Wednesday, 24 November 2010

US Defense Dept paints picture of uneven progress

The fourth six-monthly report on Progess Towards Security and Stability in Afghanistan, submitted by the Pentagon to Congress this month, notes that progress across the country remains uneven, with modest gains in security, governance and development. It says signs of progress on security are evident in areas such as Central Helmand, but that governance and development lag behind these gains. Overall, 45 per cent of all violence and two-thirds of all IED attacks take place in the south of the country.
The report highlights the progress in the town of Marjah, which until the offensive launched during the summer was an insurgent command-and-control centre, a base for IED construction and a nexus for the narcotics industry. "Now the city is controlled by the Afghan Government", says the report. "Signs of progress in Marjah include voter registration, increased activity in local marketplaces and the reopening of schools that were closed for several years."
However, this rosy picture is somewhat contradicted by figures in the main body of the report. For example, Afghans' positive perceptions of security have declined since earlier this year, with the number of Afghans rating their security sitation as "bad" now the highest since the nationwide survey began in September 2008. The number of kinetic events, which included direct fire and IED attacks, has increased nearly 55 per cent over the previous quarter and 65 per cent compared to the third quarter of 2009. This rise, says the report, is due in part to the increase in Coalition forces and the increased tempo of operations. The large growth in direct fire attacks may be a result of a shortage of explosives for IEDs, a phenomenon noticed elsewhere.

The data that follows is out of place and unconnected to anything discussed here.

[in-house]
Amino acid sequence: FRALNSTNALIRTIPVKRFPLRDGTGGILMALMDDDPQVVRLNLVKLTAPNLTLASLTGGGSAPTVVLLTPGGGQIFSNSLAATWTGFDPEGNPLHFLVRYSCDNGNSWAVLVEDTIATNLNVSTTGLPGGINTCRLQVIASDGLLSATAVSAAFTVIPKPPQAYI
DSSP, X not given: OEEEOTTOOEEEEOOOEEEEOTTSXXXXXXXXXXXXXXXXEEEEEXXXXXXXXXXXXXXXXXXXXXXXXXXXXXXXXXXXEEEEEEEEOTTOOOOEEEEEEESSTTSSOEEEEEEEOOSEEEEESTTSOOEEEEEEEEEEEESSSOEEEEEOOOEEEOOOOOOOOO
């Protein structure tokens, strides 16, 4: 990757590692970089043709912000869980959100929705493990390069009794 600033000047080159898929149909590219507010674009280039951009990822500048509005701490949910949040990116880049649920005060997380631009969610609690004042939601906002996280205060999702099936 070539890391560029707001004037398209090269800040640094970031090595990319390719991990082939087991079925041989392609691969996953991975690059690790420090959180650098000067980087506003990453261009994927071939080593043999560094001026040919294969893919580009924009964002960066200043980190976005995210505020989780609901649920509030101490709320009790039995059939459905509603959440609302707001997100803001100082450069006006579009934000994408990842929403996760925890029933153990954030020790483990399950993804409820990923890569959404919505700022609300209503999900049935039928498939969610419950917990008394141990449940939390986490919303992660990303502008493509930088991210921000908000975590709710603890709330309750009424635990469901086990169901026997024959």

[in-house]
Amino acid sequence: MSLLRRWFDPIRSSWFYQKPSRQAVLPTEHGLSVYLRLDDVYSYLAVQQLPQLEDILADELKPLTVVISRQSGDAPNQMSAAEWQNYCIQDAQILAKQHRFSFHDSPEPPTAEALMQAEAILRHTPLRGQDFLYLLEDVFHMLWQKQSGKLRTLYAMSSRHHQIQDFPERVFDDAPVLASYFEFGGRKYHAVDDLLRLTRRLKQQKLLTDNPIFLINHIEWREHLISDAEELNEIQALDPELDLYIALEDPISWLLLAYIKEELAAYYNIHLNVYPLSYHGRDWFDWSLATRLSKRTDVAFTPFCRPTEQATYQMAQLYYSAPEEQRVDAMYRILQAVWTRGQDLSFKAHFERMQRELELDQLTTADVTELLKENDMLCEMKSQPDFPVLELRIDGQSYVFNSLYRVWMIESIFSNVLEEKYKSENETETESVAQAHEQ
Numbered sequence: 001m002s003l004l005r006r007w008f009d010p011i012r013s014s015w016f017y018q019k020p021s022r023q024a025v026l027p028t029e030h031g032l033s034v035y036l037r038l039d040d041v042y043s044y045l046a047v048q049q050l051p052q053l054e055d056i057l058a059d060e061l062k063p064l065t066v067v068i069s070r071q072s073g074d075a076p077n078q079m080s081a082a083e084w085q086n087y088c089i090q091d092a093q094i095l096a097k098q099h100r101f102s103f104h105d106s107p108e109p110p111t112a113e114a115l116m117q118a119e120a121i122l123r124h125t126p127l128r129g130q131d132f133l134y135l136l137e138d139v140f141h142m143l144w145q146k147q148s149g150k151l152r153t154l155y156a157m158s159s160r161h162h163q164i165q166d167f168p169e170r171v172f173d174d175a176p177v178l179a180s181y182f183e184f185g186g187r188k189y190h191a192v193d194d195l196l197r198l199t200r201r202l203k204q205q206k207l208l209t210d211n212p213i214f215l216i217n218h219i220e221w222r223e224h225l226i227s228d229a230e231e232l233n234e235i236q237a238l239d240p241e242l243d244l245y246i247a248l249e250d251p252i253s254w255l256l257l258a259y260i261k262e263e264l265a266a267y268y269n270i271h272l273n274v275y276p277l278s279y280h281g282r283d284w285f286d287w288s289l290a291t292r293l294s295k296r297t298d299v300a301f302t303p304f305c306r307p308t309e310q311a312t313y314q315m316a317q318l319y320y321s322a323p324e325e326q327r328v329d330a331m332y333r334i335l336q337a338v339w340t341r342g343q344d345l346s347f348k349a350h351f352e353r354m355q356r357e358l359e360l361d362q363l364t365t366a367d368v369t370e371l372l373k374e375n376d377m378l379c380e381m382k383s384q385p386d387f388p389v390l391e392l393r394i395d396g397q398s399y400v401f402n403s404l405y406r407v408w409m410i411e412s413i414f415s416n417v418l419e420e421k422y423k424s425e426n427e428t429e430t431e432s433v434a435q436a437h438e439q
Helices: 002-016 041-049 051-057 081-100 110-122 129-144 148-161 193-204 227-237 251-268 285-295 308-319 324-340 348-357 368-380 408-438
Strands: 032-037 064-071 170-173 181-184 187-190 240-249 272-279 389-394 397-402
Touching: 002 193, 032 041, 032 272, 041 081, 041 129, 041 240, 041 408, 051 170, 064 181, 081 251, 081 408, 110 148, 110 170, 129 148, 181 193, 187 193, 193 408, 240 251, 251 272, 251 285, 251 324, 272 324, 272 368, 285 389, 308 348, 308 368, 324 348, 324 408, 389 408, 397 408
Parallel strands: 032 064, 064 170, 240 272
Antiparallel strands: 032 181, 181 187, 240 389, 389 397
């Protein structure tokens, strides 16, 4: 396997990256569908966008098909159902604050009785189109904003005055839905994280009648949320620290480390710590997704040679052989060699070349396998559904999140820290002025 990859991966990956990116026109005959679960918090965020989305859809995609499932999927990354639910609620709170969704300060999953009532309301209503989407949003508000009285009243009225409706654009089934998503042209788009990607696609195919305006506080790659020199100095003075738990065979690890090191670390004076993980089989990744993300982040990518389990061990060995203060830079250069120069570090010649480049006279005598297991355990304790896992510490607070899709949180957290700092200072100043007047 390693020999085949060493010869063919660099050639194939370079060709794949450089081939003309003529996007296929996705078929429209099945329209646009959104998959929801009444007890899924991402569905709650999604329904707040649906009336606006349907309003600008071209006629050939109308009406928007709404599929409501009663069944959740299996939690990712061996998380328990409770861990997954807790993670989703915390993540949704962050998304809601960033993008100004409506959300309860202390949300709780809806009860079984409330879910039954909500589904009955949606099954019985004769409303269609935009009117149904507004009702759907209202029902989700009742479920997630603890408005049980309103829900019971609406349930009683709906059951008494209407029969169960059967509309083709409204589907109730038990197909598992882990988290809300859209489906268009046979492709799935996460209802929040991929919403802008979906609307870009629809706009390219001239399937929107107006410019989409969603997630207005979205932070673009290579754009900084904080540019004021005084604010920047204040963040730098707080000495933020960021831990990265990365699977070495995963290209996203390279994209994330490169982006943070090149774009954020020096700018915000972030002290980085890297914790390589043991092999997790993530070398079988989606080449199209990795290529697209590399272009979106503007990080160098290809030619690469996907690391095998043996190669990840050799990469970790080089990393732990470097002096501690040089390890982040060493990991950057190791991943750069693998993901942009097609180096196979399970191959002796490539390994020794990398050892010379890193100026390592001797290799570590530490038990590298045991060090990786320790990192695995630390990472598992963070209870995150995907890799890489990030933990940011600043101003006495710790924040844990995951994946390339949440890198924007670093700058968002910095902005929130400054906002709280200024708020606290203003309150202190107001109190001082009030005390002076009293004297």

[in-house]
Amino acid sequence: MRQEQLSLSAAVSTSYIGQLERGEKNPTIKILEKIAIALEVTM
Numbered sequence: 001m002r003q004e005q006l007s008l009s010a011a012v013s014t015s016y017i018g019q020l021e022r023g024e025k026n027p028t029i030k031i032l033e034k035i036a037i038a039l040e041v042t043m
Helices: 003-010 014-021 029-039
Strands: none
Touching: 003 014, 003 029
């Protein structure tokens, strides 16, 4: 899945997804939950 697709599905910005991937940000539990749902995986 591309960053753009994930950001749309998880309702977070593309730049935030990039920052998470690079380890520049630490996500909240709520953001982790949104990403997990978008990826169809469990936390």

IED attacks make up about a third of all attacks, but account for nearly 60 per cent of coalition and half of Afghan Security Force casualties.
The report states that growth in the Afghan National Security Forces (ANSF) has been among Afghanistan's "most promising areas of progress", although improving the quality of the force "remains a serious challenge" and a potential shortage of trainers next year may threaten recent gains. The main problems are shortfalls of officers and NCOs, low literacy rates and lack of technical expertise. And while targets for recruiting soldiers were met ahead of schedule, recruiting police officers and keeping them continues to be a problem

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